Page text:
Thursday, August 18, 2011

Getting off the ground (being grounded)

Well, this week has been a good one. After the hair raising task of trying to glue up 9 ten foot long planks to create the bottom panel, and race to get the excess glue off before the heat and lack of humidity set up the glue, I was able to get the bottom cut to rough size and sand out any uneven edges. Now I am getting excited! For the first time I can start to see the outline of the board and imagine myself padeling out.

The sanding of the inside edge was O.K. but it made me realize that it was probably time to invest in some hand planes. I will need them eventually, and there is no time like the present. While those are on order I went ahead and glued up the top planks so that I could reuse a lot of the wood from the laminating table to create my rocker table. Once that was done it was time to remove the tape that helped to hold the joints together. Call me wierd, but this was very satisfying. Not that it revieled anything new, just the process of pealing off the tape itself. I think it is kind of kin to when you get a sunburn or a scraped knee, you just can't help it.

Now I can turn to the rocker table and the keel and frame construction. I am finding this process very calming, a real step away from all of the hustle bustle of everyday stress. This is good for me, I need something to slow me down and ground me.

Don't you just love the way the knots and grain give such character to the board?

Monday, August 1, 2011

Summertime in Colorado

It's hot! Not hot like "Texas Hot!" but hot none the less. When it has been over 90 degrees for weeks and you are a mile closer to the sun it makes a difference. Well, this is my blog that will attempt to chronicle my journey through the pages and construction process of building a surfboard. A "Grain" surfboard to be exact. If you aren't familiar with them than you should check them out at I know people who aren't even into surfing who have found this company as an inspiration. I guess right about now you are asking yourself what the heck is a guy in Colorado doing building a surfboard? Well, I lived in Southern California for a while and started surfing while living there. Right about the time I started to get the hang of surfing I decided to move to Colorado. I still have family in the hills above Malibu so I still get to California about once a year if I am lucky. Anyway, enough about that. For my 40th Birthday my wife bought me a 10' waterlog kit from Grain and I am finally, (11 months later), getting around to getting started.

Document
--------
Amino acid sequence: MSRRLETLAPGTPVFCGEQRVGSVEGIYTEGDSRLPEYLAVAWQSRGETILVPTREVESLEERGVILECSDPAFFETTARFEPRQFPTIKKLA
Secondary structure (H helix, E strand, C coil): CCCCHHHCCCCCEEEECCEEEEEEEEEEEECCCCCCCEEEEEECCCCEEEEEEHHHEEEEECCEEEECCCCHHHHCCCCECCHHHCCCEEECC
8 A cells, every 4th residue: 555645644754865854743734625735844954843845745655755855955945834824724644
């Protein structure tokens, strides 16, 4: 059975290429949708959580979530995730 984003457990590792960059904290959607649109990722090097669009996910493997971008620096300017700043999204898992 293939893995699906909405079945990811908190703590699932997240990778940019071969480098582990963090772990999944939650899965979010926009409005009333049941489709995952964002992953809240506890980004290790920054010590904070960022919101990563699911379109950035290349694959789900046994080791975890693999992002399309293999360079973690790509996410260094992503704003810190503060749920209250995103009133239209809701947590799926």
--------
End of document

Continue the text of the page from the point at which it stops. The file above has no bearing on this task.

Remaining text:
After spending a little time reading the manual and collecting some tools and supplies, I finally was able to start making a little sawdust (sordust). I started by milling up some walnut for the stringer details that I wanted to ad. Then the laminating table was built so that I could glue up my bottom planks.

The process of building this table is a bit of a zen practice when you are ready to start working on your board. Taking the time to get everything square and taped so that glue will not stick to the wood is half of the work. Now it is time to get a visual. Pulling out the bottom planks and laying them out to find the best configuration before glue up is really exciting.

The moment is finally here to take action on this quest to build this beautiful wood salt sled. After about what seemed like an hours worth of taping the seams for gluing I was able to finally pull the cork out of the old glue bottle. Lets get messy!

Now that all of that fun has been had the bottom blank is glued and clamped and left to sit for the night. I will check in on it tomorrow and think about glueing the top blank.